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Blue Abroad: Touring the Chelsea Football Club

Fifteen first-generation University of Kentucky students are seeing blue across the Atlantic this summer. In a course designed specifically for first-generation students, the group is exploring global communication and business in London, England, led by Director of First Generation Initiatives Matthew Deffendall.

Throughout three weeks spanning the end of June and beginning of July, the students are visiting several international businesses and corporations, and UKNow is highlighting some of their experiences by publishing their blogs.

On Monday, June 19, the class toured the stadium of one of the most successful football clubs in Great Britain: the Chelsea Football Club. Beginning in the stadium seats, the tour then continued through the press conference room, the home and visiting locker rooms, as well as the press box in the stadium. The tour commenced in the Chelsea Football Club museum — a tribute to the success of the club, which included interactive "skill-building" displays, hanging jerseys of notable Chelsea players and opponents, as well as videos from the team's most memorable wins.

After the tour, a former financial representative, Stephen Pearce, from the Chelsea Football Club gave a lecture about the European football industry. Pearce recently transitioned from Chelsea to a smaller football club, Derby County, a club that last year generated enough momentum to ascend from the near bottom of their league's standings, to second place.  He described the structure and financial workings of the industry and asked the students to compare European football to similar industries in the U.S.

Below is a blog from sophomore chemistry major Brandon King:

The tour of the Chelsea Football Club was a very interesting trip. It was more of a superficial tour, as we only saw the inside of the stadium, the changing rooms, the press rooms, etc. The inner workings were not touched on in the stadium tour. This was left for later in the evening when one of the former financial directors for Chelsea came to talk to us. Now, he helps to manage the finances for the Derby Football Club, a local football team on the rise from a hard period in their career.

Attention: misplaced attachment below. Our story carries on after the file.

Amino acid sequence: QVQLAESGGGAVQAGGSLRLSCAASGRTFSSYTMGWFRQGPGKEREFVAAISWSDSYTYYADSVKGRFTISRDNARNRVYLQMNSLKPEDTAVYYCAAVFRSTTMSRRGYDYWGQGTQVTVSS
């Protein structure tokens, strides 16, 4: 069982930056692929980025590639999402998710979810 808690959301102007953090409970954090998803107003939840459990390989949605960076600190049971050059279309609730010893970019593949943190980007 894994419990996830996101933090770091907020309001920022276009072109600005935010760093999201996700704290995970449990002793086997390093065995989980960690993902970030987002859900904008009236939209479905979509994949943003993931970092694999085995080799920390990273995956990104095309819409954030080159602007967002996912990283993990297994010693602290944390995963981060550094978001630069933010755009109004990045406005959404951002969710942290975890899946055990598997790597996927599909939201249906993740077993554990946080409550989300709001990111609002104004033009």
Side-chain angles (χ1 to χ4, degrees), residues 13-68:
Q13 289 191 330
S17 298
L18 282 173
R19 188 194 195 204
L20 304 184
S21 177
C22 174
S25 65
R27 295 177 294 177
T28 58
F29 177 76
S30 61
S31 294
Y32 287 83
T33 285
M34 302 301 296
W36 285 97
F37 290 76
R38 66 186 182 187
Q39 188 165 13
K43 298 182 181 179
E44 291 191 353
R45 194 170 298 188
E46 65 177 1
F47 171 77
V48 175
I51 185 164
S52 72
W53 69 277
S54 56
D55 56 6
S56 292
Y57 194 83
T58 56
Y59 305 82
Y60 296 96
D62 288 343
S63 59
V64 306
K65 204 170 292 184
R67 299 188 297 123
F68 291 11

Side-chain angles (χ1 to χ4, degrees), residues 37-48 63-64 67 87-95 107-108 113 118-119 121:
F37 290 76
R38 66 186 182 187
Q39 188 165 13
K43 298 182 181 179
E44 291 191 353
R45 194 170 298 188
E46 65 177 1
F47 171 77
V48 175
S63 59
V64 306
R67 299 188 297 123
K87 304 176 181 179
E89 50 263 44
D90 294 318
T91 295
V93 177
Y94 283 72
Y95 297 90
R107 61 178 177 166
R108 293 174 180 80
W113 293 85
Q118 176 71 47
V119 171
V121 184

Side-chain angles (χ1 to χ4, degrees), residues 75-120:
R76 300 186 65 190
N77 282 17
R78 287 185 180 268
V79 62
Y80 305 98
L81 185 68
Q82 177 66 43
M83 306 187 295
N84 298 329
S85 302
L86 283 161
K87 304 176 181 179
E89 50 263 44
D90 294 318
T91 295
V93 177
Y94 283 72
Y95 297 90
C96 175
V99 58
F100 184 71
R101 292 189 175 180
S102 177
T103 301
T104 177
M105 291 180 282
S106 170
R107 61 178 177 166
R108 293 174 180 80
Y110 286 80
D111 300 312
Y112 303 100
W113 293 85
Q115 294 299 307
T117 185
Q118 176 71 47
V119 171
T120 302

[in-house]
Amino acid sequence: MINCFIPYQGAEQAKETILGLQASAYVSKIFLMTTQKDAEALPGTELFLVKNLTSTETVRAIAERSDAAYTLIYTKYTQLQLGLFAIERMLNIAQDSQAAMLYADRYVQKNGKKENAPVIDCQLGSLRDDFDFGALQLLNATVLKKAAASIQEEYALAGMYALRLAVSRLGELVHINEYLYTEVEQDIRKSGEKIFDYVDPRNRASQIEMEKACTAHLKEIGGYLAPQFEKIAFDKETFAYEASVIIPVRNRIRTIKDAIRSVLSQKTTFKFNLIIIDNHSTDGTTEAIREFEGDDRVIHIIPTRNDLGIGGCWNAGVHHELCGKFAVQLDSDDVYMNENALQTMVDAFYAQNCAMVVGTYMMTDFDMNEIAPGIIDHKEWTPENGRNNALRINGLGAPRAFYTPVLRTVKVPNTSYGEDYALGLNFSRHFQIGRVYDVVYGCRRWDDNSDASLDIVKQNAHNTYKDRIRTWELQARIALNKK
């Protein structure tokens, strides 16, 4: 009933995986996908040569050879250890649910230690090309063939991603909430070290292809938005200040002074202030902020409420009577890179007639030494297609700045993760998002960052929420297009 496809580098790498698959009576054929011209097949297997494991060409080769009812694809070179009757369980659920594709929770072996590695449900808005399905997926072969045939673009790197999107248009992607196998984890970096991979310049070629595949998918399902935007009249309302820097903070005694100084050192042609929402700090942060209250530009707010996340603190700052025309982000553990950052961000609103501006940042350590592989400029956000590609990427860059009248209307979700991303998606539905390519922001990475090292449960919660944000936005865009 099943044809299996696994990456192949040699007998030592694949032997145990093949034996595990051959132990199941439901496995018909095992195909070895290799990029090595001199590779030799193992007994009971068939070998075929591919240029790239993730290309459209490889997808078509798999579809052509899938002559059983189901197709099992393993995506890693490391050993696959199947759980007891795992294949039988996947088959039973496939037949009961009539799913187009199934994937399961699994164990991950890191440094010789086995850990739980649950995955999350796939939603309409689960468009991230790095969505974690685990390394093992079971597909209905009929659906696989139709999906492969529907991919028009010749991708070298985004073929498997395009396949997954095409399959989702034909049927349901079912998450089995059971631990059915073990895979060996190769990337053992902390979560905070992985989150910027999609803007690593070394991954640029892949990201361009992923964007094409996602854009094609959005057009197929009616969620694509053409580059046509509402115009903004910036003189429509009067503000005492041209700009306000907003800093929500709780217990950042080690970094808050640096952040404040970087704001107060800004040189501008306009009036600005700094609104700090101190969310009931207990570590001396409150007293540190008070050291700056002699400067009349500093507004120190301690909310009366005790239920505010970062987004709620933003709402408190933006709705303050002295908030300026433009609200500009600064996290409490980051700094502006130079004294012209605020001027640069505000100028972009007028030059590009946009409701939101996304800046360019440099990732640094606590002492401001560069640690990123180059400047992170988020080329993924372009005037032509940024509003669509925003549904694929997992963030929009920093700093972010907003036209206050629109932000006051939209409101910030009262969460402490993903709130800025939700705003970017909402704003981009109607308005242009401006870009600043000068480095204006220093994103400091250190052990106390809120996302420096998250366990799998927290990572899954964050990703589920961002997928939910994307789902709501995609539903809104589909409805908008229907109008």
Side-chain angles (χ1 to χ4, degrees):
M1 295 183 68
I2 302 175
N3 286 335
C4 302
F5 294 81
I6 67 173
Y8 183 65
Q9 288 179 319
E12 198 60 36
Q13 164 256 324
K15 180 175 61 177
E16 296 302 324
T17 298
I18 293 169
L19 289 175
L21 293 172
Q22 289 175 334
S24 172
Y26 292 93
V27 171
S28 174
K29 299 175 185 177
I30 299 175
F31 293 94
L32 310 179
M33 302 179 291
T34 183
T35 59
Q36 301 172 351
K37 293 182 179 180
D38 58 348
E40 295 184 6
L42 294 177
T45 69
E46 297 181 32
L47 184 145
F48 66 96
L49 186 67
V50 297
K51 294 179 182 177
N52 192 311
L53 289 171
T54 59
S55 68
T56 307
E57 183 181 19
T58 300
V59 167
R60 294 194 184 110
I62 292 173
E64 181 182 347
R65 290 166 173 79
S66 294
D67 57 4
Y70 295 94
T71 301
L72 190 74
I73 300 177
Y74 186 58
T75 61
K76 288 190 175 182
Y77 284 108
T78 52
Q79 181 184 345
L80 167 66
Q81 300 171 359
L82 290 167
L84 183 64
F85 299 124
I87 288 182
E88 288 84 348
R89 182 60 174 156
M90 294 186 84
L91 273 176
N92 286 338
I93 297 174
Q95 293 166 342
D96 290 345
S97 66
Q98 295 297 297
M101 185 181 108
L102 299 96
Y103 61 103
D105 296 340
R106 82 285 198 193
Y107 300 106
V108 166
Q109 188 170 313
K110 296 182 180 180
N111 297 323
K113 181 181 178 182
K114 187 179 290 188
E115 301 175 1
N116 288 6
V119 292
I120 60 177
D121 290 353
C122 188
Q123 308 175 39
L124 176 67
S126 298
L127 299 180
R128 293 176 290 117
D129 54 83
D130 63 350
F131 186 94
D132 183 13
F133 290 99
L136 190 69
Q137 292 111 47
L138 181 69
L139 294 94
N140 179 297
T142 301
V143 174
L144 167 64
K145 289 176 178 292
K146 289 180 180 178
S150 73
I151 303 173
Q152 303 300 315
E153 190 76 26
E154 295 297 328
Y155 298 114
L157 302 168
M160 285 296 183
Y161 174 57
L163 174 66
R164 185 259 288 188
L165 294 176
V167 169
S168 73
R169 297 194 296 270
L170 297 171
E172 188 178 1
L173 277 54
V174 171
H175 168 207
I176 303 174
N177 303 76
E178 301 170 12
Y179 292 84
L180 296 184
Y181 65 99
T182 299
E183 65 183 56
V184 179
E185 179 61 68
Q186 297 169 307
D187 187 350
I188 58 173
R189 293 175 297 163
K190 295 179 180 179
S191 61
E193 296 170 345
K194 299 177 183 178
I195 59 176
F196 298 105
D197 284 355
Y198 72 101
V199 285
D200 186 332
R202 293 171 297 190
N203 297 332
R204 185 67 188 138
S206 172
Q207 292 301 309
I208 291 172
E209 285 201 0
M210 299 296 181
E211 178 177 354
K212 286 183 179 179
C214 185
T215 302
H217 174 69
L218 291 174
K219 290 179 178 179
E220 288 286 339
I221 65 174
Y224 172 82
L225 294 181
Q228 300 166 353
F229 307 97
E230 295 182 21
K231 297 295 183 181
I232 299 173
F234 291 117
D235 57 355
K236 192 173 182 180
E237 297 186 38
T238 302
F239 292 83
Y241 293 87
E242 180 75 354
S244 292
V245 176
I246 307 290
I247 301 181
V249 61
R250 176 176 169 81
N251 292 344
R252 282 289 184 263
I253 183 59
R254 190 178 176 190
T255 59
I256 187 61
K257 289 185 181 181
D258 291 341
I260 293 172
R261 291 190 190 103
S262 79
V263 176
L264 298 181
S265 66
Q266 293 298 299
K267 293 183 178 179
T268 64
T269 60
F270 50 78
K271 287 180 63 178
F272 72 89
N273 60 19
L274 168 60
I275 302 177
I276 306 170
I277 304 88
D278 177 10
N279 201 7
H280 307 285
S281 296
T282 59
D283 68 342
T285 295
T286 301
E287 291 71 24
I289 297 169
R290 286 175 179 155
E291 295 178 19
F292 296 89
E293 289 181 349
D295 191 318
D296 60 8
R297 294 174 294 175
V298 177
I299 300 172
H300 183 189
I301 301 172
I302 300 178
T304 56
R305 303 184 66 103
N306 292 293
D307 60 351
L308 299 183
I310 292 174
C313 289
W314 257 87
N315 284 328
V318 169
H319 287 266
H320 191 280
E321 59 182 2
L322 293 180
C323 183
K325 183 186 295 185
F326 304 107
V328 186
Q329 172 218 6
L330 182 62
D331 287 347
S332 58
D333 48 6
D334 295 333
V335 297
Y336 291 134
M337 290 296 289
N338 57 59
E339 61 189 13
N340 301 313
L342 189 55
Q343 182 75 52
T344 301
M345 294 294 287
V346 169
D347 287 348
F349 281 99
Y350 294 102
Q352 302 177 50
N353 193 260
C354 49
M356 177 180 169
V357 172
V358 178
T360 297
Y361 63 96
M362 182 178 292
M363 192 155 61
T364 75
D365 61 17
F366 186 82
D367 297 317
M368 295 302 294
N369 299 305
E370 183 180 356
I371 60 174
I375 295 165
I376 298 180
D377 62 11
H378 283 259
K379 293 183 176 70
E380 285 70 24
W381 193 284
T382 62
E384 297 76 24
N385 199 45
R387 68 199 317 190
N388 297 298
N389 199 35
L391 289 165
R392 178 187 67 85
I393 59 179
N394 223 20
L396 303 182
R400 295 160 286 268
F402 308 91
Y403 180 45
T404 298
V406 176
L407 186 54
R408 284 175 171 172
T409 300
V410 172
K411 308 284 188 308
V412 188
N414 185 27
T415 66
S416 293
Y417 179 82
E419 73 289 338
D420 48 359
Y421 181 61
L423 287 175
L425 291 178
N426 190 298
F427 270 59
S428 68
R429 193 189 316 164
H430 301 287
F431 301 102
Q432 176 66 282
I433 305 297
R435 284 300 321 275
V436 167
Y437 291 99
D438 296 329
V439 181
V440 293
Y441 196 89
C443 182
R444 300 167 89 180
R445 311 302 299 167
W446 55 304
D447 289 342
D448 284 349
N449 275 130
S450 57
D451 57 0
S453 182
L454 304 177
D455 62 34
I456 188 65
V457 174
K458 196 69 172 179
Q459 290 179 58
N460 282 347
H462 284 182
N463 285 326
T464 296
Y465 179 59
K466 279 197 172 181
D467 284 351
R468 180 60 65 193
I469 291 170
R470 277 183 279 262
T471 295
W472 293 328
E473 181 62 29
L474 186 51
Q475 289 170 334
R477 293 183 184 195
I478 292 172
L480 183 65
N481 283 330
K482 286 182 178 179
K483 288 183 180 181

The Derby director gave a very extensive look into the workings of managing a football club, and many techniques and tactics were quite similar to the workings of professional sports in the United States. In order to fund the club, they need extensive sponsorship — as many as possible from as many different kinds of companies as possible. The director mentioned that they recently got a new deal to rename the stadium iPro stadium, the largest financial sponsorship deal in recent times. For the next 10 years, their names will be connected.

In addition, they need public exposure to help bring in fans and raise money. The more the team is known about, and spoken about, the more success they will have. They do kids camps so they can come and talk to the pros and learn from them. In addition, they have a deal so that if the team makes it into the English Premier League (the tier they very nearly made it into, but sadly lost their promotion match), all season pass owners will be refunded half the price.

On the other hand, though, there are a few differences between American professional sports. The professional arena for the English and the American leagues are quite unique from each other. A lot of importance is placed on reaching the top tiers in England due to the level of sponsorship that is offered for those contenders.

In addition, the amount of trading and buying players is on a much higher level than in the States. In addition to trading, the players are often lent (literally loaned) to other teams so that they can get experience in lower leagues before they return to play for their main team. This is not as common in American sports, and was a surprising bit of information — especially when a list of players traded to other teams was given, including the prices paid and the success of the players.

One of the primary means of public and global communication for the Derby team was the usage of the Twitter page. It was used to advertise ticket sales, progress in training, news about the team, games, etc. This has helped to revitalize the public fandom for the team and raise morale in the team as well. Due to the recent upturn in the team’s success, their number of followers has increased significantly.

Before this trip, I had no idea of the behind-the-scenes deals that a football club needs to do to operate, including the sponsorships, promotions, techniques for public exposure, team management changes, etc. It was a very enjoyable trip!